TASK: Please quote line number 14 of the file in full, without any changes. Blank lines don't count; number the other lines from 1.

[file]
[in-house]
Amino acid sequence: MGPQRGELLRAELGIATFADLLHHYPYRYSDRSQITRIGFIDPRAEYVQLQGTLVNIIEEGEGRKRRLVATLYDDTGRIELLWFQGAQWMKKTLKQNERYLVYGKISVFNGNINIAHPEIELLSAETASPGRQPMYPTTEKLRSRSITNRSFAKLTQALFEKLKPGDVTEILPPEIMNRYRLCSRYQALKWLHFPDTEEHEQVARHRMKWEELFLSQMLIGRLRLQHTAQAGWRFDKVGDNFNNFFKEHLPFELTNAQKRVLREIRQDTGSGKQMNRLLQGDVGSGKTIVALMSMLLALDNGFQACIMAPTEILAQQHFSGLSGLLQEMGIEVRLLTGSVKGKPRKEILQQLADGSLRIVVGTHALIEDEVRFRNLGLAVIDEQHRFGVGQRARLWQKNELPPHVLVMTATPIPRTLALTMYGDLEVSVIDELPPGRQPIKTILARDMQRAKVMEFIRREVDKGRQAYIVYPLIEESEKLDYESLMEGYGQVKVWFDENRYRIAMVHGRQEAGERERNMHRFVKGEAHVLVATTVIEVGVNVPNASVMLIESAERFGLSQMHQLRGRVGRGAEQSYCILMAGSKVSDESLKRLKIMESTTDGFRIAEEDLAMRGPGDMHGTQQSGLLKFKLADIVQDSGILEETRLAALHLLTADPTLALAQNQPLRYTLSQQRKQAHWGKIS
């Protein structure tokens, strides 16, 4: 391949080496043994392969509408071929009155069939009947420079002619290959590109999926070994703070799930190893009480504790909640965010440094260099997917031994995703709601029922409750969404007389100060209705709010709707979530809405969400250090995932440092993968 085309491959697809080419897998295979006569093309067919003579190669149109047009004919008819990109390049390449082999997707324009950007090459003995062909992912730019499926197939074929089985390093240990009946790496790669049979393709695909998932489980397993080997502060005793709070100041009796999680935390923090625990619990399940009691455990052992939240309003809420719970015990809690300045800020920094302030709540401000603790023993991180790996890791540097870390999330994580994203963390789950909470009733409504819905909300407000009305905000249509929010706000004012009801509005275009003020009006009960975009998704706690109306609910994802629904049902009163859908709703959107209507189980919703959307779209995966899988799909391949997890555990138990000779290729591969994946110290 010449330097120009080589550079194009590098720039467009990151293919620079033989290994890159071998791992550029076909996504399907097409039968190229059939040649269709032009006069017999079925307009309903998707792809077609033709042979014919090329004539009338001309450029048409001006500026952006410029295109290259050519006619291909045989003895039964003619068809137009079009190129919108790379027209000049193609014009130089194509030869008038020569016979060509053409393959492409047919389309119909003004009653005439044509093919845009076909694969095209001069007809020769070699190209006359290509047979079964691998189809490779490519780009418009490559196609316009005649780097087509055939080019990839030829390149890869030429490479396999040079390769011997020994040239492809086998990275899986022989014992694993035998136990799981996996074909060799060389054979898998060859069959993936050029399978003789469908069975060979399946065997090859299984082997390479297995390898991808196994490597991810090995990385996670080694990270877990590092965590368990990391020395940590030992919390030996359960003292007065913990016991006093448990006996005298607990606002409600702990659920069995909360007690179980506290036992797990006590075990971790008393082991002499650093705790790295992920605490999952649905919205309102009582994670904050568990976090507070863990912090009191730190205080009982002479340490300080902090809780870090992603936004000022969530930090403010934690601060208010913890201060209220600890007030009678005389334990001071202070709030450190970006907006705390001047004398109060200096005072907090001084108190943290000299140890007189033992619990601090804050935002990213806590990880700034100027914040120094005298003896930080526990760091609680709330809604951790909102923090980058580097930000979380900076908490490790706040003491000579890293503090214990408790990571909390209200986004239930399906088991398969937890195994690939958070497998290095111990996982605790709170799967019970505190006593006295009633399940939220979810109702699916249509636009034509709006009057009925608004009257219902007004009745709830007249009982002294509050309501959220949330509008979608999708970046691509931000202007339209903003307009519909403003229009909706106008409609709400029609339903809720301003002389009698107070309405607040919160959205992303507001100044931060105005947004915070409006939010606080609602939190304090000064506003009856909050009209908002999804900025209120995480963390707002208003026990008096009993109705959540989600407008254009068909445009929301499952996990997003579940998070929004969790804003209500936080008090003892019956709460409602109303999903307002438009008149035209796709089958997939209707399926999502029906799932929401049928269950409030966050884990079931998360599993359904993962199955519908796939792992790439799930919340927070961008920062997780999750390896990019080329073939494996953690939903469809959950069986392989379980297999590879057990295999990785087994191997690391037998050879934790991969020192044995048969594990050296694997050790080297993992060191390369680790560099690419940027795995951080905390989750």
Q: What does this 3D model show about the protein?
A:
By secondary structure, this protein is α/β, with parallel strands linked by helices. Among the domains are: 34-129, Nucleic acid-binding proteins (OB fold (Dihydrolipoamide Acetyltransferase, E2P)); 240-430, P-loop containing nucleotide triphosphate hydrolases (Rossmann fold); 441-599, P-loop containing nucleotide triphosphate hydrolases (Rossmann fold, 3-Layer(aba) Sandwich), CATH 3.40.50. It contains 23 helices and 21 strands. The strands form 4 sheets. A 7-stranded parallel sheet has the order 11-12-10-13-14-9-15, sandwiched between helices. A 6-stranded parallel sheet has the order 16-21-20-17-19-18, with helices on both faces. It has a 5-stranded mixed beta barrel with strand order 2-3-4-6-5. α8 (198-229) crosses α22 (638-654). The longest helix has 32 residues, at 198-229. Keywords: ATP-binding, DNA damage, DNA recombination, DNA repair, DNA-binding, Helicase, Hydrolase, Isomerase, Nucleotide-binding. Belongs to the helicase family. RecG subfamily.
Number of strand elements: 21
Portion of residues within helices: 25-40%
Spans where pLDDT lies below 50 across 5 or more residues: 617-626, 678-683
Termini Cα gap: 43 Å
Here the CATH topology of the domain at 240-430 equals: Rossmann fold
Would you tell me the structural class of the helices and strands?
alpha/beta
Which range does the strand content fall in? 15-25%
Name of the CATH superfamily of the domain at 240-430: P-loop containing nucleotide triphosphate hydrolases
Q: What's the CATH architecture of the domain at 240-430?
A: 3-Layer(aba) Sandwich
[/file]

Which range does the strand content fall in? 15-25%